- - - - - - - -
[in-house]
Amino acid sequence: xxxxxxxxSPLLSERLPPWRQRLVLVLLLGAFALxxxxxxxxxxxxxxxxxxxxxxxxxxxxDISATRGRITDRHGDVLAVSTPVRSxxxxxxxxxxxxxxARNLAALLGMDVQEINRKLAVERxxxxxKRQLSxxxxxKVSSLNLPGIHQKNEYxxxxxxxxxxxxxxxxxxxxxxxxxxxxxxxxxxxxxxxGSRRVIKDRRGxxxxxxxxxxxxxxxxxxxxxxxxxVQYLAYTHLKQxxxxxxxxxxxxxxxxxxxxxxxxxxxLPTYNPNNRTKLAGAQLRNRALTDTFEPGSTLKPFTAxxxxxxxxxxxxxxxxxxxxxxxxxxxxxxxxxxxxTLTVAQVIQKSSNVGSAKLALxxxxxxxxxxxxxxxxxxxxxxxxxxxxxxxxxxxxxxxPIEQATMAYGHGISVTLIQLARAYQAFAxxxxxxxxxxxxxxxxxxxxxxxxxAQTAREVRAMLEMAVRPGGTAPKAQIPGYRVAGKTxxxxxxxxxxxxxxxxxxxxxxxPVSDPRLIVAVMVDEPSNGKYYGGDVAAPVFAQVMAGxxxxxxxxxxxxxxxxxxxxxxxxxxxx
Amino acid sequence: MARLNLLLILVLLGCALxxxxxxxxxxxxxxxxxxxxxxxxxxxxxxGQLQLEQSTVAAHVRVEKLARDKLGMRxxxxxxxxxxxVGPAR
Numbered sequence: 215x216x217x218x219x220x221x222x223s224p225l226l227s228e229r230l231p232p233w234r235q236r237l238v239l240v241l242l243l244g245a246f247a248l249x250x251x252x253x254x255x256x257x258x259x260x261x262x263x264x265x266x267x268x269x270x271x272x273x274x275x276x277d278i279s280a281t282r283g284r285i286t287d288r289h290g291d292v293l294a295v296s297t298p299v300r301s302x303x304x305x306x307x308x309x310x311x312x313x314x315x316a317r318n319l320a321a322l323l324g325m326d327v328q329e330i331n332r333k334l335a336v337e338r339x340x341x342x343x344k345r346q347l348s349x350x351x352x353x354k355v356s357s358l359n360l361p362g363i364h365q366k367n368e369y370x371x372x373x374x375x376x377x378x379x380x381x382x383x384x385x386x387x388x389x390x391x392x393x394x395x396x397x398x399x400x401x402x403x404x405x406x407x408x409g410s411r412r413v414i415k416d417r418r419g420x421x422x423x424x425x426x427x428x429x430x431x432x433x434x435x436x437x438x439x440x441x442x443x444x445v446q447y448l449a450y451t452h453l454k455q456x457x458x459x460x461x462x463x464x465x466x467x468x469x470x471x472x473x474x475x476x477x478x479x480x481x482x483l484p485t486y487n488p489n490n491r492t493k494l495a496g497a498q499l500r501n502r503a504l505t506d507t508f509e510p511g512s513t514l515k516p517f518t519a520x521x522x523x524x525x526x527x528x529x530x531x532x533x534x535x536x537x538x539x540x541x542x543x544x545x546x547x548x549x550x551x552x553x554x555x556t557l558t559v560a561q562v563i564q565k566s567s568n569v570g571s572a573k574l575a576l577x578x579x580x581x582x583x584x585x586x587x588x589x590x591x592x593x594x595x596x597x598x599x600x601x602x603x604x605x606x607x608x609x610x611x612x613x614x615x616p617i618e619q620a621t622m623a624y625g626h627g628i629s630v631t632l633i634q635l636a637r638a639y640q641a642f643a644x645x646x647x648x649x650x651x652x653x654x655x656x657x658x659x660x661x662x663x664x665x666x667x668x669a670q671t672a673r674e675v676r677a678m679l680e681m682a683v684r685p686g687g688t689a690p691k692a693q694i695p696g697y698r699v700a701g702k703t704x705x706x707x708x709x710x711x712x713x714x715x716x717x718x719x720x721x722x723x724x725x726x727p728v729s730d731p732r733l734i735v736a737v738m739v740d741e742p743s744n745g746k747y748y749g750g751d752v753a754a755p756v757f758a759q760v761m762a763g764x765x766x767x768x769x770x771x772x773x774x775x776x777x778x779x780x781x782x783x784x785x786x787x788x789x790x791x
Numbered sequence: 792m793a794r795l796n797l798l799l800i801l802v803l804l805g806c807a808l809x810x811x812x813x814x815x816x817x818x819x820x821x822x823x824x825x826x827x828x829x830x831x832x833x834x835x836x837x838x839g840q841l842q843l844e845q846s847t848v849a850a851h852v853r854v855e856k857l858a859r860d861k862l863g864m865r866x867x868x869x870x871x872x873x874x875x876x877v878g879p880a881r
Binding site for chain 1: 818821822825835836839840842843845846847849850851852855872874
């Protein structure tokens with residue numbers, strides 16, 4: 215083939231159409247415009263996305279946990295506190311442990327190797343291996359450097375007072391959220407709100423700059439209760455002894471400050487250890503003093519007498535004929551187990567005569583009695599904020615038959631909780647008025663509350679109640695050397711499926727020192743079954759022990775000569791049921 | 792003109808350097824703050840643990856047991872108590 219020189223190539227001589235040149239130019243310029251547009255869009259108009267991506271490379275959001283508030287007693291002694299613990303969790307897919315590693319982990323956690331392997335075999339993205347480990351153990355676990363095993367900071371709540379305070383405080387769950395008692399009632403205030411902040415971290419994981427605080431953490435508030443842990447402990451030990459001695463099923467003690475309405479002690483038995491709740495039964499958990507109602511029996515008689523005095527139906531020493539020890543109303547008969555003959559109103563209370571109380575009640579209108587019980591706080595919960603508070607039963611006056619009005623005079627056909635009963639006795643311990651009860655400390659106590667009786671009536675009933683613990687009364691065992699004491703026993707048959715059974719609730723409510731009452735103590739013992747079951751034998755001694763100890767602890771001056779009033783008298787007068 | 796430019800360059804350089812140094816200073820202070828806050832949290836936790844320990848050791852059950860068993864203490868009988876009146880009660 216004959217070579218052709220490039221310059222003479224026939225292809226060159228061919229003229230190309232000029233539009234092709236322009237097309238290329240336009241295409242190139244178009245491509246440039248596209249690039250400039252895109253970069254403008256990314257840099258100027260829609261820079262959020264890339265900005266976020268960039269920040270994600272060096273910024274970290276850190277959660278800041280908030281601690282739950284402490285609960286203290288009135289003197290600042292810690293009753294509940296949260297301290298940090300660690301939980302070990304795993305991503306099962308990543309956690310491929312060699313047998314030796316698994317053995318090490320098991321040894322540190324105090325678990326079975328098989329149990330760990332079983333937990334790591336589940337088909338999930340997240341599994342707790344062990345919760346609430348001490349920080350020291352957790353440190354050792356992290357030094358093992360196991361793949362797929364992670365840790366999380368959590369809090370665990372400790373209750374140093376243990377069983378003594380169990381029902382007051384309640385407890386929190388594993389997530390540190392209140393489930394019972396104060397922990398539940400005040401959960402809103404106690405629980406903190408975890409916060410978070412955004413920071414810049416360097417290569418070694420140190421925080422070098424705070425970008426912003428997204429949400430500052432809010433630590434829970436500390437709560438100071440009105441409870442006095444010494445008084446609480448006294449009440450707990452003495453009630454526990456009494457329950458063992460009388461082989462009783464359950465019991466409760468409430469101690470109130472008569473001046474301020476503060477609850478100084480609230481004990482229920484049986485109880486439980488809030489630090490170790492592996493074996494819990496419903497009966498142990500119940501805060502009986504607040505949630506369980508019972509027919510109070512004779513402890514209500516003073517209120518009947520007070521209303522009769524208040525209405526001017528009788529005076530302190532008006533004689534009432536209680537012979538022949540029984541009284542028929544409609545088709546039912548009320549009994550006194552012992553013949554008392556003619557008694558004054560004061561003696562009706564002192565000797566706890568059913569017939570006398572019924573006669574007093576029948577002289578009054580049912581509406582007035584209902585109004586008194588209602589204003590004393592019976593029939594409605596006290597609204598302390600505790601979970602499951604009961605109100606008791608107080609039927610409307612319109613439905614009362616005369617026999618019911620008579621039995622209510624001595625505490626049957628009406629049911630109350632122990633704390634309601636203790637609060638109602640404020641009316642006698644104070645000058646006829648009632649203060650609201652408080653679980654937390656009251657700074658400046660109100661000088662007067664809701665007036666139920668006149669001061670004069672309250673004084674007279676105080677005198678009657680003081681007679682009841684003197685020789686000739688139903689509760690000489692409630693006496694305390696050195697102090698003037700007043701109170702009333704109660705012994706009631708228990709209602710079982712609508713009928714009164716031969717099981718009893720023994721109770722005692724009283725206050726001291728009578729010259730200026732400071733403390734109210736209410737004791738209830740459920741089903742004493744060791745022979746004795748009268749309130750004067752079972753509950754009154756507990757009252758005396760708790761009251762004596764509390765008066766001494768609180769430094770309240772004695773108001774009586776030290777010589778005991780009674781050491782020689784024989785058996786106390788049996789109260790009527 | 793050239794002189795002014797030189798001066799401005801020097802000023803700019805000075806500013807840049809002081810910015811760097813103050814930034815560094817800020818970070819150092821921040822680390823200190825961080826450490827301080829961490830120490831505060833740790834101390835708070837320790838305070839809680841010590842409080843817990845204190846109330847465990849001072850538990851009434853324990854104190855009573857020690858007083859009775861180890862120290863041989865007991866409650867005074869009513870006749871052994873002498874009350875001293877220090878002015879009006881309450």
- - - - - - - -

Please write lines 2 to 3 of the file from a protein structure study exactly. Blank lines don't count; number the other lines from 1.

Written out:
Amino acid sequence: xxxxxxxxSPLLSERLPPWRQRLVLVLLLGAFALxxxxxxxxxxxxxxxxxxxxxxxxxxxxDISATRGRITDRHGDVLAVSTPVRSxxxxxxxxxxxxxxARNLAALLGMDVQEINRKLAVERxxxxxKRQLSxxxxxKVSSLNLPGIHQKNEYxxxxxxxxxxxxxxxxxxxxxxxxxxxxxxxxxxxxxxxGSRRVIKDRRGxxxxxxxxxxxxxxxxxxxxxxxxxVQYLAYTHLKQxxxxxxxxxxxxxxxxxxxxxxxxxxxLPTYNPNNRTKLAGAQLRNRALTDTFEPGSTLKPFTAxxxxxxxxxxxxxxxxxxxxxxxxxxxxxxxxxxxxTLTVAQVIQKSSNVGSAKLALxxxxxxxxxxxxxxxxxxxxxxxxxxxxxxxxxxxxxxxPIEQATMAYGHGISVTLIQLARAYQAFAxxxxxxxxxxxxxxxxxxxxxxxxxAQTAREVRAMLEMAVRPGGTAPKAQIPGYRVAGKTxxxxxxxxxxxxxxxxxxxxxxxPVSDPRLIVAVMVDEPSNGKYYGGDVAAPVFAQVMAGxxxxxxxxxxxxxxxxxxxxxxxxxxxx
Amino acid sequence: MARLNLLLILVLLGCALxxxxxxxxxxxxxxxxxxxxxxxxxxxxxxGQLQLEQSTVAAHVRVEKLARDKLGMRxxxxxxxxxxxVGPAR